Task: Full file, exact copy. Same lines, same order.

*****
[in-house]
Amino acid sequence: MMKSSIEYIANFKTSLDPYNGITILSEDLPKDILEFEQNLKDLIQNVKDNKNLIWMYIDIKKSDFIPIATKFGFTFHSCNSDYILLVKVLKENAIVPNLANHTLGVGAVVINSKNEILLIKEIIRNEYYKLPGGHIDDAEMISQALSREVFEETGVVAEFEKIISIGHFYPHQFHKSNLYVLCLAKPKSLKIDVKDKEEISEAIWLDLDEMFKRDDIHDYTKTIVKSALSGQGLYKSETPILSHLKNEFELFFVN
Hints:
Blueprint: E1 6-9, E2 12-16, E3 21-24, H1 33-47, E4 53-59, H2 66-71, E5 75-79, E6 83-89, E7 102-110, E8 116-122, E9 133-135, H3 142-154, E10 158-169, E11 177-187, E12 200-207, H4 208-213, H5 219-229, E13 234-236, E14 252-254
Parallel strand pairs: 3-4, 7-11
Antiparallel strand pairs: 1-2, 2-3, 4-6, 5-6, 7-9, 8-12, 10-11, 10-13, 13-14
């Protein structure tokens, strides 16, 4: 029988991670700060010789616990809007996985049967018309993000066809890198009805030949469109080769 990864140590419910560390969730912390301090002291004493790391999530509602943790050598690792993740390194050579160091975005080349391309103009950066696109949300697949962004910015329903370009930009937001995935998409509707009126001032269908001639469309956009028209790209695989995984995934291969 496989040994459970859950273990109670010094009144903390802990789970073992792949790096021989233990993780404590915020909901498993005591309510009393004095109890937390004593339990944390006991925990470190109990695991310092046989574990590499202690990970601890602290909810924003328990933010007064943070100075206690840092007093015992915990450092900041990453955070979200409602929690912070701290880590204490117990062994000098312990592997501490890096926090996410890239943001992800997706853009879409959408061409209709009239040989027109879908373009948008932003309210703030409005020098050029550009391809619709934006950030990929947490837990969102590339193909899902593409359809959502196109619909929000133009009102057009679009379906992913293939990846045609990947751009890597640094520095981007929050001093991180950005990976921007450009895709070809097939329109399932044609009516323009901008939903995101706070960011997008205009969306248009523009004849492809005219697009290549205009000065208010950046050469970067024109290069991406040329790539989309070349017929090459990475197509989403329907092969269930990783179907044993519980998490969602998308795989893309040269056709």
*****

[in-house]
Amino acid sequence: MMKSSIEYIANFKTSLDPYNGITILSEDLPKDILEFEQNLKDLIQNVKDNKNLIWMYIDIKKSDFIPIATKFGFTFHSCNSDYILLVKVLKENAIVPNLANHTLGVGAVVINSKNEILLIKEIIRNEYYKLPGGHIDDAEMISQALSREVFEETGVVAEFEKIISIGHFYPHQFHKSNLYVLCLAKPKSLKIDVKDKEEISEAIWLDLDEMFKRDDIHDYTKTIVKSALSGQGLYKSETPILSHLKNEFELFFVN
Hints:
Blueprint: E1 6-9, E2 12-16, E3 21-24, H1 33-47, E4 53-59, H2 66-71, E5 75-79, E6 83-89, E7 102-110, E8 116-122, E9 133-135, H3 142-154, E10 158-169, E11 177-187, E12 200-207, H4 208-213, H5 219-229, E13 234-236, E14 252-254
Parallel strand pairs: 3-4, 7-11
Antiparallel strand pairs: 1-2, 2-3, 4-6, 5-6, 7-9, 8-12, 10-11, 10-13, 13-14
């Protein structure tokens, strides 16, 4: 029988991670700060010789616990809007996985049967018309993000066809890198009805030949469109080769 990864140590419910560390969730912390301090002291004493790391999530509602943790050598690792993740390194050579160091975005080349391309103009950066696109949300697949962004910015329903370009930009937001995935998409509707009126001032269908001639469309956009028209790209695989995984995934291969 496989040994459970859950273990109670010094009144903390802990789970073992792949790096021989233990993780404590915020909901498993005591309510009393004095109890937390004593339990944390006991925990470190109990695991310092046989574990590499202690990970601890602290909810924003328990933010007064943070100075206690840092007093015992915990450092900041990453955070979200409602929690912070701290880590204490117990062994000098312990592997501490890096926090996410890239943001992800997706853009879409959408061409209709009239040989027109879908373009948008932003309210703030409005020098050029550009391809619709934006950030990929947490837990969102590339193909899902593409359809959502196109619909929000133009009102057009679009379906992913293939990846045609990947751009890597640094520095981007929050001093991180950005990976921007450009895709070809097939329109399932044609009516323009901008939903995101706070960011997008205009969306248009523009004849492809005219697009290549205009000065208010950046050469970067024109290069991406040329790539989309070349017929090459990475197509989403329907092969269930990783179907044993519980998490969602998308795989893309040269056709």